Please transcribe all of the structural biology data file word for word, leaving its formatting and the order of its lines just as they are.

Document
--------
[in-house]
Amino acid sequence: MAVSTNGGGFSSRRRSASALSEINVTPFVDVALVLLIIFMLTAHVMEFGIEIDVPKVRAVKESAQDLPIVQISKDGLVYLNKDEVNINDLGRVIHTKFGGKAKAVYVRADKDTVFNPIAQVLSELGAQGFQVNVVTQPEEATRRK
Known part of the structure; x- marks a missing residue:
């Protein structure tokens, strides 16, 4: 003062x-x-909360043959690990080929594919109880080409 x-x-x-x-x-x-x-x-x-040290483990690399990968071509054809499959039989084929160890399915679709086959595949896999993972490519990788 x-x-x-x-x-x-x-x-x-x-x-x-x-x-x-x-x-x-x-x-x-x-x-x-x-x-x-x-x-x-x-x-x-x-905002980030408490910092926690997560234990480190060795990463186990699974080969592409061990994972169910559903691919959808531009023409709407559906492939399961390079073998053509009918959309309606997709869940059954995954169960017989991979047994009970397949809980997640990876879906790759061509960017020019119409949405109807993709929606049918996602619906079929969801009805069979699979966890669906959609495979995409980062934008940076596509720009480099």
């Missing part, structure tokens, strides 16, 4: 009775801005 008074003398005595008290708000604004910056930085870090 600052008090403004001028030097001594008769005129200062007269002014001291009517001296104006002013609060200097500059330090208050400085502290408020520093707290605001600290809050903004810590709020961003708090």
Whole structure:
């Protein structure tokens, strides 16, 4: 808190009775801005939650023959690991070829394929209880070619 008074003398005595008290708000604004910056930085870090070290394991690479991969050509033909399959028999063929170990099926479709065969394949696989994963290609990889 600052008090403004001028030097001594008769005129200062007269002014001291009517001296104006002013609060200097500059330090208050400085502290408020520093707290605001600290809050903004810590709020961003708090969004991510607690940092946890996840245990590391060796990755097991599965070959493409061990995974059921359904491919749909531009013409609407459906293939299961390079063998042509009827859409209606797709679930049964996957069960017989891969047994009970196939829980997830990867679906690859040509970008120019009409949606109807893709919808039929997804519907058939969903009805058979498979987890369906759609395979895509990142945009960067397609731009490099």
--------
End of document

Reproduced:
[in-house]
Amino acid sequence: MAVSTNGGGFSSRRRSASALSEINVTPFVDVALVLLIIFMLTAHVMEFGIEIDVPKVRAVKESAQDLPIVQISKDGLVYLNKDEVNINDLGRVIHTKFGGKAKAVYVRADKDTVFNPIAQVLSELGAQGFQVNVVTQPEEATRRK
Known part of the structure; x- marks a missing residue:
């Protein structure tokens, strides 16, 4: 003062x-x-909360043959690990080929594919109880080409 x-x-x-x-x-x-x-x-x-040290483990690399990968071509054809499959039989084929160890399915679709086959595949896999993972490519990788 x-x-x-x-x-x-x-x-x-x-x-x-x-x-x-x-x-x-x-x-x-x-x-x-x-x-x-x-x-x-x-x-x-x-905002980030408490910092926690997560234990480190060795990463186990699974080969592409061990994972169910559903691919959808531009023409709407559906492939399961390079073998053509009918959309309606997709869940059954995954169960017989991979047994009970397949809980997640990876879906790759061509960017020019119409949405109807993709929606049918996602619906079929969801009805069979699979966890669906959609495979995409980062934008940076596509720009480099």
């Missing part, structure tokens, strides 16, 4: 009775801005 008074003398005595008290708000604004910056930085870090 600052008090403004001028030097001594008769005129200062007269002014001291009517001296104006002013609060200097500059330090208050400085502290408020520093707290605001600290809050903004810590709020961003708090």
Whole structure:
């Protein structure tokens, strides 16, 4: 808190009775801005939650023959690991070829394929209880070619 008074003398005595008290708000604004910056930085870090070290394991690479991969050509033909399959028999063929170990099926479709065969394949696989994963290609990889 600052008090403004001028030097001594008769005129200062007269002014001291009517001296104006002013609060200097500059330090208050400085502290408020520093707290605001600290809050903004810590709020961003708090969004991510607690940092946890996840245990590391060796990755097991599965070959493409061990995974059921359904491919749909531009013409609407459906293939299961390079063998042509009827859409209606797709679930049964996957069960017989891969047994009970196939829980997830990867679906690859040509970008120019009409949606109807893709919808039929997804519907058939969903009805058979498979987890369906759609395979895509990142945009960067397609731009490099």